By 1947, twenty-three county schools were operating within the bounds of the Rockwall ISD. The twelfth grade had been added to the high school curriculum, and an active movement began for consolidation of the county schools into RISD. When the official vote for consolidation was conducted, eighteen county schools favored consolidation and five schools opposed it. The twenty-three county schools were then consolidated into RISD. Consolidation brought growth to the district, and construction of a new elementary school was begun. Several buildings were moved to Rockwall to provide temporary classrooms for elementary school students while construction on the new building progressed. The Rockwall Elementary School on Interurban Street (presently Dobbs Annex) was opened in the fall of 1950. The Fannin Street building was closed and razed, and until 1965, when a new high school was built (presently Herman E. Utley Middle School), the district’s facilities consisted of only two buildings in the city the Rockwall Elementary School and the Interurban Street and the Rockwall High School on Clark Street.

    When Rockwall High School (located on Townsend Drive, formerly High School Drive), was opened in 1965, the Clark Street Building became the Rockwall Junior High School. It served as such until it was razed in the late 1960’s in preparation for the active building program planned for the 1970’s, when the district would experience its most rapid growth in student population that has continued to the present.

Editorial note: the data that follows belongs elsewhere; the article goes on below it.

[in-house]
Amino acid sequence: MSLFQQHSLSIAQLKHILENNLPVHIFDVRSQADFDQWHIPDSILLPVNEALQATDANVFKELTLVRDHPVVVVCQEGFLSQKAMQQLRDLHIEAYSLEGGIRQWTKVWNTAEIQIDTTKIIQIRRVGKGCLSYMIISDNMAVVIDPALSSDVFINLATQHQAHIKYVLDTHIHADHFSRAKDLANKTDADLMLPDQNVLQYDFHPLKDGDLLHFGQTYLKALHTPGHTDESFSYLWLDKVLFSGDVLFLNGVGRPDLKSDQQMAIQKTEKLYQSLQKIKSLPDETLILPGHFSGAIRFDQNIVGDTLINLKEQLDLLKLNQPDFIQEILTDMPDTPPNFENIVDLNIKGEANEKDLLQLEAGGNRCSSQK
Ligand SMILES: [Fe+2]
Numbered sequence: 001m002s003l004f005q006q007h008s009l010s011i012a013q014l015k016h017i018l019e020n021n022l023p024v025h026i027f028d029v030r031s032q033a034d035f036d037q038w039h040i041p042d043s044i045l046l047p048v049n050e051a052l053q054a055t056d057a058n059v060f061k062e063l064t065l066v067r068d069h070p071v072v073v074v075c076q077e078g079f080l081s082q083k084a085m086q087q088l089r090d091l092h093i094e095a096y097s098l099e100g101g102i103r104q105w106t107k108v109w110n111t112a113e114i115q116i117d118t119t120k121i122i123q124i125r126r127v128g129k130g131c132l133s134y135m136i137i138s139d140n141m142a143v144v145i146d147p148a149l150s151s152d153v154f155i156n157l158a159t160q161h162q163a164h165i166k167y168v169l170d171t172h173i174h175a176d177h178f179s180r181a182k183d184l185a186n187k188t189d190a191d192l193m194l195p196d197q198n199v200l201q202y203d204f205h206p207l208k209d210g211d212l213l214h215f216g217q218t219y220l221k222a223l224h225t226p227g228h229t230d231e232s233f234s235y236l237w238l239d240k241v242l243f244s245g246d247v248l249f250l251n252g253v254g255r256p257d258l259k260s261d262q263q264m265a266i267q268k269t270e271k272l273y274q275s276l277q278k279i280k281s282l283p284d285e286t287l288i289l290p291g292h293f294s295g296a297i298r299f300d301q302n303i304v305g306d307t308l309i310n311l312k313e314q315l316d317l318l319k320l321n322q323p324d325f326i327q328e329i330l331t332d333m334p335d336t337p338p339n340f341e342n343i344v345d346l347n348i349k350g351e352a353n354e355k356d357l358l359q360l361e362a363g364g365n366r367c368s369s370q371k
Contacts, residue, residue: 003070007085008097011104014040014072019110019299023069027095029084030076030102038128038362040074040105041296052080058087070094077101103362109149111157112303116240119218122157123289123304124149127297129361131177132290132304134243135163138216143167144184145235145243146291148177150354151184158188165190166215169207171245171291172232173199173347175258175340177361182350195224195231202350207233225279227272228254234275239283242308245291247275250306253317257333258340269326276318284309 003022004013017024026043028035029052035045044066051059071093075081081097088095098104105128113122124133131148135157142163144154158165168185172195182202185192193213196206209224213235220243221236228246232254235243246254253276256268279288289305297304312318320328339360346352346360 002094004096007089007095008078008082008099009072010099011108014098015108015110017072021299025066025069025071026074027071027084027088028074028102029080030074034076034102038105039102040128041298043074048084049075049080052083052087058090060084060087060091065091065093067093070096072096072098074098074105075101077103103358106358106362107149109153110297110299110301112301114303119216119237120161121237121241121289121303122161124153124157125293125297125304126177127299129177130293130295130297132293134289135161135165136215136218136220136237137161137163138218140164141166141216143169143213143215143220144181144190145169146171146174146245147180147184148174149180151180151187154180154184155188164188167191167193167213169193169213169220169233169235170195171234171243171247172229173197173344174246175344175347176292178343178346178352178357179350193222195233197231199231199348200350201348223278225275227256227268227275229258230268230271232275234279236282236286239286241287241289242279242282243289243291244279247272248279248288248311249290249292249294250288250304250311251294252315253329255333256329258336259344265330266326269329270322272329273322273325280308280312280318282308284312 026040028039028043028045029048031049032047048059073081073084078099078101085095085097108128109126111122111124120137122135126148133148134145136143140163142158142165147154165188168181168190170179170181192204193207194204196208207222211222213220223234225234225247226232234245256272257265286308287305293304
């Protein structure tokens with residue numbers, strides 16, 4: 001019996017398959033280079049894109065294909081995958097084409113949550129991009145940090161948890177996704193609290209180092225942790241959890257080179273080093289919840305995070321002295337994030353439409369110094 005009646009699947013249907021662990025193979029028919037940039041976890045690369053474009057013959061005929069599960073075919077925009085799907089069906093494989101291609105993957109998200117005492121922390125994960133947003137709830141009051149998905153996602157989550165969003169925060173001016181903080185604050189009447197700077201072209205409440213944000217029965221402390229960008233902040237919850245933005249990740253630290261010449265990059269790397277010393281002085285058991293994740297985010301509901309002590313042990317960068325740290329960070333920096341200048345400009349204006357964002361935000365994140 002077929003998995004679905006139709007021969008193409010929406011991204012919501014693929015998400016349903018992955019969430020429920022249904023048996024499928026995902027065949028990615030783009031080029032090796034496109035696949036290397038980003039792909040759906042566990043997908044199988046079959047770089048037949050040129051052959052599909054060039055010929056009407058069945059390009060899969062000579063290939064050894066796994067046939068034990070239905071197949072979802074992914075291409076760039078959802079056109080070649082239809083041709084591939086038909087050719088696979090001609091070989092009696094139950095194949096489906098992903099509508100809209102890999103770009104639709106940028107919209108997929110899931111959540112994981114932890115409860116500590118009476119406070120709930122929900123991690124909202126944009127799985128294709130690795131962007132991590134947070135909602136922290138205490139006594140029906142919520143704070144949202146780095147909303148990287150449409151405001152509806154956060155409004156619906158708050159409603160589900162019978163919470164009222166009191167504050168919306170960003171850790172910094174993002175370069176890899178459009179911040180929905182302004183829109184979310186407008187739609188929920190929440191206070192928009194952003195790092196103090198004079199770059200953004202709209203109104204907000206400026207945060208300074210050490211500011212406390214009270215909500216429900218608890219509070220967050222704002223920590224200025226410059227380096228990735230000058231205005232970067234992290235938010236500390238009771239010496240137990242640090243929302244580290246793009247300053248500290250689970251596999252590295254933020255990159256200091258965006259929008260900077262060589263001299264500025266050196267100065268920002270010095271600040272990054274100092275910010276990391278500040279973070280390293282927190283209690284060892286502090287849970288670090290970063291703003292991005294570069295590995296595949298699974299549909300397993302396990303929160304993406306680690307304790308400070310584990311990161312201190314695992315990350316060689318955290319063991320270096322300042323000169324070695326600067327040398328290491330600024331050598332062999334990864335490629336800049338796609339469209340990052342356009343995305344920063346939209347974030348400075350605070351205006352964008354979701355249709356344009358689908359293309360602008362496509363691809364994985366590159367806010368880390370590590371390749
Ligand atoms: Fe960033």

In the more recent decades, Rockwall ISD has expanded tremendously.  In 2005, the district opened its second high school located in the community of Heath.  Rockwall-Heath High School now serves all RISD students south of Interstate 30.  In 2013, the district opened Billie Stevenson Elementary. The district currently has 19 campuses comprised of 13 elementary schools, three middle schools, two high schools and one alternative school.

    The History of the Rockwall Schools is a compilation of information gathered for the district through various historical resources.